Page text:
“… names will never hurt me.”

September 16, 2009

Rep. JOE WILSON

Rep. JOE WILSON

Well, the least that can be said of Joe Wilson is that he didn’t know what he would be unleashing when he pulled the cork out of that bottle — the bottle being his indiscreet mouth.

Not only has he been accused of racism for his heckling of President Obama from the floor of the House of Representatives, but he has been branded as a symbol of a latent racism far bigger than he. As though Congress weren’t already in a state of self-paralyzing partisanship, it was divided even more deeply by the vote to reprimand Wilson. Meanwhile the latter-day No-Nothings have adopted him as their hero. Can a Wilson-Palen ticket be far behind?

The mind races back to the first quarter of the 19th century — well, mine does, at least.

WILLIAM H. CRAWFORD

WILLIAM H. CRAWFORD

William H. Crawford of Georgia, the secretary of the treasury, is at the White House demanding to know what President James Monroe intends to do about a list of political appointments Crawford has recommended.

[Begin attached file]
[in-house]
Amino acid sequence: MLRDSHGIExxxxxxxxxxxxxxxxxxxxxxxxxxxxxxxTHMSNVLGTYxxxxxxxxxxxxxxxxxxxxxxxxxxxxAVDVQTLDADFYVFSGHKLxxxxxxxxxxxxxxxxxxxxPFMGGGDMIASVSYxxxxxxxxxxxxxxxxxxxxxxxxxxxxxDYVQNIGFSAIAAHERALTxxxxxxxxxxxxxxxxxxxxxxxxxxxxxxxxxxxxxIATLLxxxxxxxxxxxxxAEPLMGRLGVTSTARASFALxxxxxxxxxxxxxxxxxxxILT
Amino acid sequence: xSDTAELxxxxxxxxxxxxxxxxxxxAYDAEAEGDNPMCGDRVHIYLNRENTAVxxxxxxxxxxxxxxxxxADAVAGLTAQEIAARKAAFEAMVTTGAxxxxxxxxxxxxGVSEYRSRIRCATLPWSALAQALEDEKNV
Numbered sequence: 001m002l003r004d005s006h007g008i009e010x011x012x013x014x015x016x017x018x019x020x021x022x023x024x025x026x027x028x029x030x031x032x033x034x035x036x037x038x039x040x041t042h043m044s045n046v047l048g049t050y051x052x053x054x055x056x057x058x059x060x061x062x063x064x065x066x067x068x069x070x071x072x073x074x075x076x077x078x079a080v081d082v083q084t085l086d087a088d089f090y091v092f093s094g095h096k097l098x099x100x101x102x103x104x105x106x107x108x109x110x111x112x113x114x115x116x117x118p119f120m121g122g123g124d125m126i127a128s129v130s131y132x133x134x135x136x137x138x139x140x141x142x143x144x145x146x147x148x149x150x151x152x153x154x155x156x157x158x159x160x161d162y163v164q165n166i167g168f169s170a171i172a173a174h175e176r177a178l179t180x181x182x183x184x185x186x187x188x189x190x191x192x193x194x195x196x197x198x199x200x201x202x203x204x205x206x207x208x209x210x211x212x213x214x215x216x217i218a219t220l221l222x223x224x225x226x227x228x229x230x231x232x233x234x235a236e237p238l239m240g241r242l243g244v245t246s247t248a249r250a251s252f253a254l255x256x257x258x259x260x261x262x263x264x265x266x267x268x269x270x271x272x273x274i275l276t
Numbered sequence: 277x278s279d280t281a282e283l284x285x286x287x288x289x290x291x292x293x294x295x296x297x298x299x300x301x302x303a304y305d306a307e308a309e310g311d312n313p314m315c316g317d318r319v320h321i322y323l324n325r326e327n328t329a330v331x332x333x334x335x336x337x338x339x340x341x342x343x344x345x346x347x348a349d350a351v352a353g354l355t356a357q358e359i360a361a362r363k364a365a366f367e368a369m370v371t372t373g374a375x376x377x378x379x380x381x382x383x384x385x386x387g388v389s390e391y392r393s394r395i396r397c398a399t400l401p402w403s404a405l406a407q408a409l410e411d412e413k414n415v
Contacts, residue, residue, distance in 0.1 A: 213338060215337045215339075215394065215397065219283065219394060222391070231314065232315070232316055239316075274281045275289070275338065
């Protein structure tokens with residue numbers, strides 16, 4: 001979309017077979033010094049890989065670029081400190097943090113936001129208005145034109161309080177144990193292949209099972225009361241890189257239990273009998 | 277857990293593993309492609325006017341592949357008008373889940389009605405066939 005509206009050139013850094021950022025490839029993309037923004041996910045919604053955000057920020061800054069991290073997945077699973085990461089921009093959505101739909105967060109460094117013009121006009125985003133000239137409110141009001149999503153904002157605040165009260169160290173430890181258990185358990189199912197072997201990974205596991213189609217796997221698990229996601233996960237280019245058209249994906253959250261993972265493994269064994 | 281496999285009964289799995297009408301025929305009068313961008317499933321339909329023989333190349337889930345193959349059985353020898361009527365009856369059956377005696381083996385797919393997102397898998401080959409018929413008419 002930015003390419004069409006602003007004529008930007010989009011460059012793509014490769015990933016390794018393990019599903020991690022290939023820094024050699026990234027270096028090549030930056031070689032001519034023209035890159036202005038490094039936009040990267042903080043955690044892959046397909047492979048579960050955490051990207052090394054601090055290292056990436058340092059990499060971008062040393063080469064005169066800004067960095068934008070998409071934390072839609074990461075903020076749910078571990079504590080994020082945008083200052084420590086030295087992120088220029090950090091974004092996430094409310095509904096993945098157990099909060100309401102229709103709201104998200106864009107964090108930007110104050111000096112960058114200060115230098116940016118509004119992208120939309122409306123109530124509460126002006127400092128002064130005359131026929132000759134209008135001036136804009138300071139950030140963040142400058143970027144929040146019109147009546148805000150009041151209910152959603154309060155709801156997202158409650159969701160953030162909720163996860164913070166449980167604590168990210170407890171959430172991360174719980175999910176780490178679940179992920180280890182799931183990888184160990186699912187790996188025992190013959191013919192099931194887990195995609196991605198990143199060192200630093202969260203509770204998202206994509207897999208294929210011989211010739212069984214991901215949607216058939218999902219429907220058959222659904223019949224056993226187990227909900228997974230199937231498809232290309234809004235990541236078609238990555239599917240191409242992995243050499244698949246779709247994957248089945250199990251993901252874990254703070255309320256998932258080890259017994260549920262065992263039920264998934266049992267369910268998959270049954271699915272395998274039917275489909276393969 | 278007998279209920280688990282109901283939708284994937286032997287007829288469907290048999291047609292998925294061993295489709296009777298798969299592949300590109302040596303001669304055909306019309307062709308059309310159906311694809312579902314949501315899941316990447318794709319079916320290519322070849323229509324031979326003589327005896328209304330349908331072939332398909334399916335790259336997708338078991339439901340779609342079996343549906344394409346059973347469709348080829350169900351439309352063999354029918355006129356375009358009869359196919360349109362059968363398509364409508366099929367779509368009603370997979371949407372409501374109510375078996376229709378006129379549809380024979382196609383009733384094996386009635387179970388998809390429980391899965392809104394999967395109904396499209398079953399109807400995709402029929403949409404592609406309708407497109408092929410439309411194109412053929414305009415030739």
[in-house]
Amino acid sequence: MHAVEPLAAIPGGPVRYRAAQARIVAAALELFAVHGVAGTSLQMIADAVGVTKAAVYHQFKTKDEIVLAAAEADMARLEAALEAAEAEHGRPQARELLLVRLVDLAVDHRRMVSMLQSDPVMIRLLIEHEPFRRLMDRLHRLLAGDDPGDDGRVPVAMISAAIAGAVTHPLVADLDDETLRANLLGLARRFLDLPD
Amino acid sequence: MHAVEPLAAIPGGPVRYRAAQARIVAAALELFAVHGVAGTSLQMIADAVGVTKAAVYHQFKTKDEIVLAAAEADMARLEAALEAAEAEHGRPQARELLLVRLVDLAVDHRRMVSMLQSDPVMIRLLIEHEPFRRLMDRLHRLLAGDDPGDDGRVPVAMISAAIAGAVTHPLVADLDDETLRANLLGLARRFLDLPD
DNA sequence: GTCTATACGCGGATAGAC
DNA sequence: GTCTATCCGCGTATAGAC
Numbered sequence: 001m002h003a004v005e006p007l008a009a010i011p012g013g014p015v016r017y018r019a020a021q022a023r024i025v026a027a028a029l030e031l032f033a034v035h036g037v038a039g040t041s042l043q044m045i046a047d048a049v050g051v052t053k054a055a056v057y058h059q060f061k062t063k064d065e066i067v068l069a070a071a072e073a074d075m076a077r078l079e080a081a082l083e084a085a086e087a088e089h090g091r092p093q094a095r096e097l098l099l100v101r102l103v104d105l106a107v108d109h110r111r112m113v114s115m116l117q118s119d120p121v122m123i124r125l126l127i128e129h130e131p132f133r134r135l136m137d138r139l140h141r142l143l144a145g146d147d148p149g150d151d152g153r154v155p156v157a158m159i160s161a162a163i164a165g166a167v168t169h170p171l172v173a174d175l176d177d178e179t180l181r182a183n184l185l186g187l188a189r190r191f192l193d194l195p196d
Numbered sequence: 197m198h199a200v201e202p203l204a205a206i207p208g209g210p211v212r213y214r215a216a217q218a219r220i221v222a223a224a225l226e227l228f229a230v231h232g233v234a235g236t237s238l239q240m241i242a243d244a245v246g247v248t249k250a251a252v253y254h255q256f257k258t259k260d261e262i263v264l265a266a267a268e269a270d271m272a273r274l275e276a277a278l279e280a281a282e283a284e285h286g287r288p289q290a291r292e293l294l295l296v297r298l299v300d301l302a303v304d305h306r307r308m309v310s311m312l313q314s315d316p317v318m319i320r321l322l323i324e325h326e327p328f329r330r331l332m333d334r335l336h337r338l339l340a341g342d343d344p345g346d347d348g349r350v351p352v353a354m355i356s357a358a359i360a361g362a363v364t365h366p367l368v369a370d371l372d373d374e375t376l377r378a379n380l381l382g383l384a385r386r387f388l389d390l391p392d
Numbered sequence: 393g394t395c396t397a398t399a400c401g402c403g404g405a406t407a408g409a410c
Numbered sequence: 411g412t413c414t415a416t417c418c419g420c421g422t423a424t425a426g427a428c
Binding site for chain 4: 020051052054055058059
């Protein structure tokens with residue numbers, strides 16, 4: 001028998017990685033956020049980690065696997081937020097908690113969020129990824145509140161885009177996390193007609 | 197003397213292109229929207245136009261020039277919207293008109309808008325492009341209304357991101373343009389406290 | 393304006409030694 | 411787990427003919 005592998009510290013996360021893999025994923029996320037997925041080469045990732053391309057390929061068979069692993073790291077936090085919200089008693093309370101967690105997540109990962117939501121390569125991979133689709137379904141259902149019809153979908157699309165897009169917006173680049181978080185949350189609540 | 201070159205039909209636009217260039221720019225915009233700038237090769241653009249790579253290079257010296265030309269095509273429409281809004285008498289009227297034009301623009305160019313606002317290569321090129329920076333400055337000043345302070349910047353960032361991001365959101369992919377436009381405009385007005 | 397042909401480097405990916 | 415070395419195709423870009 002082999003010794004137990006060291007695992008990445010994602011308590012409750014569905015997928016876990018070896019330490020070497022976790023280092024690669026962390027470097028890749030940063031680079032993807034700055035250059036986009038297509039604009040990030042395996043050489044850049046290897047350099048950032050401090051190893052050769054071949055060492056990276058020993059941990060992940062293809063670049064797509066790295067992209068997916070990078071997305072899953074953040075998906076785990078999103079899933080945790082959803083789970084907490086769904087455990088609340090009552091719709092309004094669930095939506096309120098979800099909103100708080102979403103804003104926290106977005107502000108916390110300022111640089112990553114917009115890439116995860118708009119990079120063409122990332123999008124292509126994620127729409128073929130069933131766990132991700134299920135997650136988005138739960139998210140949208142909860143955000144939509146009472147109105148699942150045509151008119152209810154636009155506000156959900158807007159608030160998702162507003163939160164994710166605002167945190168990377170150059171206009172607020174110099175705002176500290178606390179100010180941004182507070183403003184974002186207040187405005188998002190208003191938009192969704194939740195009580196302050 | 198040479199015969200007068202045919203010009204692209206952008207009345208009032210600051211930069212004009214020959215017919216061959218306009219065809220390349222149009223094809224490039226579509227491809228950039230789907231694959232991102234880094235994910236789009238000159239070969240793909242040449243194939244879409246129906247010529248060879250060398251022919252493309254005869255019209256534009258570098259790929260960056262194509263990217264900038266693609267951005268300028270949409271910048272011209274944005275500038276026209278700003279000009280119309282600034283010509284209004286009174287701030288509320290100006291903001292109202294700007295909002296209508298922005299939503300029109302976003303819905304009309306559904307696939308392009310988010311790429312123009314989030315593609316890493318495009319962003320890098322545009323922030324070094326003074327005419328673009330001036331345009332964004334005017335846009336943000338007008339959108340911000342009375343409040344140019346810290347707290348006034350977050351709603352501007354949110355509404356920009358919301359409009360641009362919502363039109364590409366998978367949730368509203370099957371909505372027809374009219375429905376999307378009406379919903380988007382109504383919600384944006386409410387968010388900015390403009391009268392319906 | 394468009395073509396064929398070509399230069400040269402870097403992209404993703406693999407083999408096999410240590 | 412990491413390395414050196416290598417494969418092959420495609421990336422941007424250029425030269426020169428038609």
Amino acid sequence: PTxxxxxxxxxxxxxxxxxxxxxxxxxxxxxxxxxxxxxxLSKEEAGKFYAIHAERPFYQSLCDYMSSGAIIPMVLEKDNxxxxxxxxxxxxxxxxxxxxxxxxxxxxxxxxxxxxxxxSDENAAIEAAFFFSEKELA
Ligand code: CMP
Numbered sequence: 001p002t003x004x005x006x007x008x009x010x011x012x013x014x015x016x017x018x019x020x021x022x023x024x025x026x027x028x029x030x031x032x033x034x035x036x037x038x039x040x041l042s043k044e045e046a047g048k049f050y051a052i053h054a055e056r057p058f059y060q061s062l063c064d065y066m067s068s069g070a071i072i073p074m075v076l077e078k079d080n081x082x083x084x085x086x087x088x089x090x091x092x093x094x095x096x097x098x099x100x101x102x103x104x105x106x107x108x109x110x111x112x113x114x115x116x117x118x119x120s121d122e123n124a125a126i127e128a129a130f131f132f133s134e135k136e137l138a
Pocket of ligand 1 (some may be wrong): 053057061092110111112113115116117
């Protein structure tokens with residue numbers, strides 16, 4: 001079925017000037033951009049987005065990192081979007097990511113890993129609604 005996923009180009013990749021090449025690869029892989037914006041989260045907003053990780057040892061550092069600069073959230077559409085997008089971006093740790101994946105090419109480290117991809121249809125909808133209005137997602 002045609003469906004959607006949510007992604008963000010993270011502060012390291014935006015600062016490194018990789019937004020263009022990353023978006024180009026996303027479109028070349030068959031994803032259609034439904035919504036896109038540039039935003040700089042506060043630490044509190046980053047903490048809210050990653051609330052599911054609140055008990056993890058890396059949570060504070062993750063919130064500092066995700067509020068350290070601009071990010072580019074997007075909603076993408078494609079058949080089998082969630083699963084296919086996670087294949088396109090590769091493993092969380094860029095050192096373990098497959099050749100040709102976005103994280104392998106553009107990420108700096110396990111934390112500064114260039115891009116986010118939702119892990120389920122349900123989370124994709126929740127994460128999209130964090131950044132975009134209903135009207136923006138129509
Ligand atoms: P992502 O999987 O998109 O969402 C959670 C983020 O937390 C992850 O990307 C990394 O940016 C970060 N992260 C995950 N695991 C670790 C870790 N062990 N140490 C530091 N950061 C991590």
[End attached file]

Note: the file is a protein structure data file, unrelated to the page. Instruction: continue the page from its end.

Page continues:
“That,” Monroe — perhaps injudiciously — tells Crawford, “is none of your damned business.” To which provocation Crawford responds by lunging at Monroe with a cane, calling him “you infernal scoundrel.” Monroe goes to the fireplace and grabs a poker to defend himself, and the secretary of the treasury is forcibly removed from the executive mansion, apologizing on the way out.

“You lie!” “You infernal scoundrel.”

At least Crawford had some style.

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